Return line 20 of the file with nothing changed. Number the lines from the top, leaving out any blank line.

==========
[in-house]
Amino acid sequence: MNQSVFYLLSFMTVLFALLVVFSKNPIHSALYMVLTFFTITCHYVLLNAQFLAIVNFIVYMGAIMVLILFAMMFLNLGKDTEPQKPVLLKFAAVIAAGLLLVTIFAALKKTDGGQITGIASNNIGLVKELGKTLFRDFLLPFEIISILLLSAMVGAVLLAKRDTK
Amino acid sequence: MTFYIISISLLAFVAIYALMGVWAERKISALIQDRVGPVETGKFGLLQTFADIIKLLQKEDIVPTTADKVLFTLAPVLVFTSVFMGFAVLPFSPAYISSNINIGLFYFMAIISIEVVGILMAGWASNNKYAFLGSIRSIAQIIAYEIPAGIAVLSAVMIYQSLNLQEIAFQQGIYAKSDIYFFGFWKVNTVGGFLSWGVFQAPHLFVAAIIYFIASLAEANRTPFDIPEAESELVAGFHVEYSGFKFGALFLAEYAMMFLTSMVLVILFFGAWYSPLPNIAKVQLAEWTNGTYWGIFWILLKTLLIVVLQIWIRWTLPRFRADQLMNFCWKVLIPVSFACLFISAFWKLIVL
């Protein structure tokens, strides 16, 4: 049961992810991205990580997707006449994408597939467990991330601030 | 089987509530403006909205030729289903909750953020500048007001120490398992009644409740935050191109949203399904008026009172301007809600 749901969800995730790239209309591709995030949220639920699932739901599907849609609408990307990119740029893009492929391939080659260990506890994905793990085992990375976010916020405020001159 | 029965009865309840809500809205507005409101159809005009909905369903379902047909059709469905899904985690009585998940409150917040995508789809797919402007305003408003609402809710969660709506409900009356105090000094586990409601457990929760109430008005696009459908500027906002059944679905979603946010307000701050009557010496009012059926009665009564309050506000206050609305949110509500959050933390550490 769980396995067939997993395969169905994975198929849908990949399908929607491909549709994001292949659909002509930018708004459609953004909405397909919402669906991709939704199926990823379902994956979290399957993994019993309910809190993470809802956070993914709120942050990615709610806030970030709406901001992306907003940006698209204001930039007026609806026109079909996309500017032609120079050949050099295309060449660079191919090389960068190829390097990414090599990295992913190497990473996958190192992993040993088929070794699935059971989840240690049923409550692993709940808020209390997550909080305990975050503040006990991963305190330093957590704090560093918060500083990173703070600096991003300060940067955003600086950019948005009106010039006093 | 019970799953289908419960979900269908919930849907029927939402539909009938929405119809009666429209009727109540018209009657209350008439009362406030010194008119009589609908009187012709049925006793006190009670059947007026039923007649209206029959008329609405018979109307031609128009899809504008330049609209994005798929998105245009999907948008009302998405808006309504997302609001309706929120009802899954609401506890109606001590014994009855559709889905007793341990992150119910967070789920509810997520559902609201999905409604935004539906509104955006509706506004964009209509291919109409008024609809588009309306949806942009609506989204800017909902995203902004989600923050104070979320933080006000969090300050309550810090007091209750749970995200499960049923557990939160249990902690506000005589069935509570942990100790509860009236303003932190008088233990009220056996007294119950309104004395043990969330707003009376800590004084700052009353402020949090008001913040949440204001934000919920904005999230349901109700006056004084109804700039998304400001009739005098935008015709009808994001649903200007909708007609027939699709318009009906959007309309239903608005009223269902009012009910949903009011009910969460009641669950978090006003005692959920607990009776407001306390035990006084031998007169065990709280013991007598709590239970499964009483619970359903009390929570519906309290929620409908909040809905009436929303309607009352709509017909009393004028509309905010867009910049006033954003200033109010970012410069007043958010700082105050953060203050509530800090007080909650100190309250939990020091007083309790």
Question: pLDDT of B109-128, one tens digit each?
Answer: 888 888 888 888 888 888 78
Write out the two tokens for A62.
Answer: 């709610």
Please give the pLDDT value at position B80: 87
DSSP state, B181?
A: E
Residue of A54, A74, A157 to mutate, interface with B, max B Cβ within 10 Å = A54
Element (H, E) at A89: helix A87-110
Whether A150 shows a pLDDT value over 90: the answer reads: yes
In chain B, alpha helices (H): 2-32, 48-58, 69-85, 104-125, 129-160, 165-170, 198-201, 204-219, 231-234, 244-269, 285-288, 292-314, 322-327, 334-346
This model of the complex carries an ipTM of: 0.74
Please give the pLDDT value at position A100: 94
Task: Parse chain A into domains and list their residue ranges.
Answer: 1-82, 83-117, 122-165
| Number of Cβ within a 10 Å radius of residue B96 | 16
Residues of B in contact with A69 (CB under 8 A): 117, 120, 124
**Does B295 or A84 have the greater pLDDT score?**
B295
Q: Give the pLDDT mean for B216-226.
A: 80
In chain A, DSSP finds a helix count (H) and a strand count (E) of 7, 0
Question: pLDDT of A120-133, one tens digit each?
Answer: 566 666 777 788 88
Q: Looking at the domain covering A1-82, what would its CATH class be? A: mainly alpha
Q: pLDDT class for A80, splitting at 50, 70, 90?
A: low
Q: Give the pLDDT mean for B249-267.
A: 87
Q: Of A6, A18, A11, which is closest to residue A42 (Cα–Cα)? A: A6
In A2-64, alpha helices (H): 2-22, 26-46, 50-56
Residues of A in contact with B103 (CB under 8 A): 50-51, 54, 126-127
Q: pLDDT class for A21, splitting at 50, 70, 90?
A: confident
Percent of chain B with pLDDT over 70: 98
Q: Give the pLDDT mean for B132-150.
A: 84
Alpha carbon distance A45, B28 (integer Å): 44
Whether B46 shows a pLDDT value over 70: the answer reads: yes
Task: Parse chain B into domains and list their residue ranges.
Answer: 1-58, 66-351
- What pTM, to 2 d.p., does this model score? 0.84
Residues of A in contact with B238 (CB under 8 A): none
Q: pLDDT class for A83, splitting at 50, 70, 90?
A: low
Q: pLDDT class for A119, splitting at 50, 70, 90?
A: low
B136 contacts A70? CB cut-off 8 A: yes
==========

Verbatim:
| Number of Cβ within a 10 Å radius of residue B96 | 16